Zechariah, John’s father, holds his newborn baby boy and sings out, “Praise the Lord, the God of Israel….Because of God’s tender mercy, the morning light from heaven is about to break upon us, to give light to those who sit in darkness and in the shadow of death and to guide us to the path of peace.”
Mary. Mary may be young, but she understands the magnitude of what she has been asked to do. As she contemplates the life within she sings, “God has scattered the proud and haughty. God has brought down princes from their thrones and exalted the humble. God has filled the hungry with good things and sent the rich away with empty hands.”
And there is perhaps no more poignant image of the ending and beginning all wrapped up together than Simeon, old Simeon, who was present at the Temple when Mary and Joseph brought their baby son. Simeon held the infant Jesus and said, “Lord, now let your servant depart in peace…I have seen your salvation, which you have prepared for all people. He is a light to reveal God to the nations, and he is the glory of your people Israel!”
In these songs I hear the voices of people who understand: it’s never as simple as “once upon a time” or “the end” as you close the book and put it back on the shelf. We are always beginning and ending….all at the same time. When you came in this morning, you should have received a piece of purple yarn. If you didn’t, please give a wave and the ushers will make sure you get one.
I’d like you to hold on to this piece of yarn. It’s has a beginning and an ending, yes? Now, take the yarn and bring the beginning and ending together. Tie it into a circle. This yarn is yours to carry throughout Advent. You may want to stick it in a pocket or bag. You may want to wear it on your wrist. But when you look at this piece of yarn, I hope you’ll remember that we begin at the end. Contemplate the places in your life or in your world where there is an ending. Relationships end, loved ones depart, priorities change, our bodies slow down, dreams die. In the wider world, we see shifts in leadership, we notice the rhythms of the world are altered.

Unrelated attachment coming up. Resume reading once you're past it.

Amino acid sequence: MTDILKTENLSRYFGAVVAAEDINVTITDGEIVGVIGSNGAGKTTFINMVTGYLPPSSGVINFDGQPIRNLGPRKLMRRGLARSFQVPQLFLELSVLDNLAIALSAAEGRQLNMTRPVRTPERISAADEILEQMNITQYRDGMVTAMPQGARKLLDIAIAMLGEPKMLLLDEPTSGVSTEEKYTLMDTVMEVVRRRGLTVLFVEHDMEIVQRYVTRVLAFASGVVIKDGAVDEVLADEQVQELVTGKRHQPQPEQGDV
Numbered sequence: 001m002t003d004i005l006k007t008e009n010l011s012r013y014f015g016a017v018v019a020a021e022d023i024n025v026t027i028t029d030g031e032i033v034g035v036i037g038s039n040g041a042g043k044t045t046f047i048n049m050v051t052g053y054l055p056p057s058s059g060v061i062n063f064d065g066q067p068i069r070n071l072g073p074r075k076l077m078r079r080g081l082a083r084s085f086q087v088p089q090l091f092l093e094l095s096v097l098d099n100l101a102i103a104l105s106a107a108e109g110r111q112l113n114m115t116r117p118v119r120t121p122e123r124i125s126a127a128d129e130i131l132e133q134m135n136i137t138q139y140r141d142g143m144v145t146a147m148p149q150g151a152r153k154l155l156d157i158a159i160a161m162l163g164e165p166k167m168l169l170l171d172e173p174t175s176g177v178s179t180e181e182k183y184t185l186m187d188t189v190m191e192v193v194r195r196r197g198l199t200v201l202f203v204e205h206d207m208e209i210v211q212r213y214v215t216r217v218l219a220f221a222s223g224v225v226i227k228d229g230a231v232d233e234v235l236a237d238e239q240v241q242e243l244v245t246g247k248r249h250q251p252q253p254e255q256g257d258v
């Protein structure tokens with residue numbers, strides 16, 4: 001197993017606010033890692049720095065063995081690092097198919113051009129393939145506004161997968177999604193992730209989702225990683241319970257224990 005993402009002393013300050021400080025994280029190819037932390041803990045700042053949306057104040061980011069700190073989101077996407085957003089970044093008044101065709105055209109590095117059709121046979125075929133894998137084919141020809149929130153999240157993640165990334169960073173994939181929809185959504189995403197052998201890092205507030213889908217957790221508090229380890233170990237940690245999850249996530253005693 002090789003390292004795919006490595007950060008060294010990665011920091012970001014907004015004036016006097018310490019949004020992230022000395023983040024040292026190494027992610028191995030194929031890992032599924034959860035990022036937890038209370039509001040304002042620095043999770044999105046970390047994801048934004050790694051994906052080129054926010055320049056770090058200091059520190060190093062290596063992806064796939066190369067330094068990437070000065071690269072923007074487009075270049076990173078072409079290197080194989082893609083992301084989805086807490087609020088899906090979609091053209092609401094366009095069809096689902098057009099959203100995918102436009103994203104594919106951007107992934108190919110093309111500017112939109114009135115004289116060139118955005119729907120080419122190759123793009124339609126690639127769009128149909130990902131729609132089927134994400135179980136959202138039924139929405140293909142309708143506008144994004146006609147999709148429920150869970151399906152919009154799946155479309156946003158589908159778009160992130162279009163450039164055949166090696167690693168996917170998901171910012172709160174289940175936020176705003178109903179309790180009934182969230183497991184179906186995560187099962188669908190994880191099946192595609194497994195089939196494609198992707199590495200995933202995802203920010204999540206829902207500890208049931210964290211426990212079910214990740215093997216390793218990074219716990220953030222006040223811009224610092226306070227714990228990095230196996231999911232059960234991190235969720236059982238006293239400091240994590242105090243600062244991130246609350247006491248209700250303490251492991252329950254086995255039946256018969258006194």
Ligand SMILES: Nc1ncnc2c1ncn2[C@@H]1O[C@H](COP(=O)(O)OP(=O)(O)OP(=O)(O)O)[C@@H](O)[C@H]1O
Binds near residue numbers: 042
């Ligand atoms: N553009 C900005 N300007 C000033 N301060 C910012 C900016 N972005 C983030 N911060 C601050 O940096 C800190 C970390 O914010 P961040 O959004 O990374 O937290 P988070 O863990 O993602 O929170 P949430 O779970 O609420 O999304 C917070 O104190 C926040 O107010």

Many of us gathered in this sanctuary earlier this week and prayed that the unrest in Ferguson would be a beginning and an ending. We heard the powerful words of UCC pastor and poet, the Rev. Maren Tirabassi:
I have a dream that Trayvon Martin
and Michael Brown’s names
will be remembered
the third Monday of every January
by our grandchildren
as the last to die,
and that their loss will be honored
as the reason our country
finally turned around.
We pray and hope for an end. We understand that the evil of racism will be with us until we have a hard and firm ending. We plead with Isaiah, “O that you would tear open the heavens and come down, so that the mountains would quake at your presence…” Bring us an ending, O God, for we have had enough. “We have all become like one who is unclean, and all our righteous deeds are like a filthy cloth.”
And yet, we hope for new beginnings. Like Isaiah, we remember, “Yet, O God, you are our Holy Parent; we are the clay, and you are our potter; we are all the work of your hand.” An ending is never just an ending. It is always a beginning, too. As you look at your yarn in the coming weeks, I hope you will see the beginnings happening all around you. New life, new loves, new dreams, new opportunities, new ways of being in the world.
Martin Luther King, Jr. wrote and spoke, oh, millions of words during his all-too-short life. Why is it, do you suppose, that the ones we hear most frequently are about his dream? I think it’s because he was pointing towards all of the beginnings he saw in the world around him. He painted a vibrant picture of what the world could be. People were hungry for that. People are hungry for that. Our ability to see and name the beginnings we see – I do believe that is one of our most powerful weapons in fighting the great sin of racism….and every other systemic sin, too. In order to shake off the shackles of the past, we have to move toward a new beginning together. So when you look at your yarn, I hope you will honor the endings and beginnings, and remember that they are always tied up together.
On Monday night this past week, I was walking to my car on the way home from work. The moon was high in the sky and it was a tiny sliver. I was rushing home to hear the results of the grand jury investigation in Ferguson. I looked up at the moon, so tiny in the sky, barely a speck of light, and I thought, “I wonder if the moon is waxing or waning right now? Will there be more or less light tomorrow?”
It has been a dark week – a week of pain and anguish. I have sat with my friends who are Black and heard them say things like, “If I had a son, I’d get him a gun and teach him to shoot to kill,” and “We just all need to leave this country. We are systematically hated here,” and “I’ve decided I can’t have children. I can’t bring any more Black children into this world that devalues their lives.” These are not just random people on the Internet. These are some of my dearest friends. I have wept countless tears this week. I have prayed that God would tear open the heavens and shake this country to its very foundations.
As Advent begins, it seems we are praying for an ending. We are praying for a beginning. God, help us to remember that the endings and beginnings are always messy and tied up together.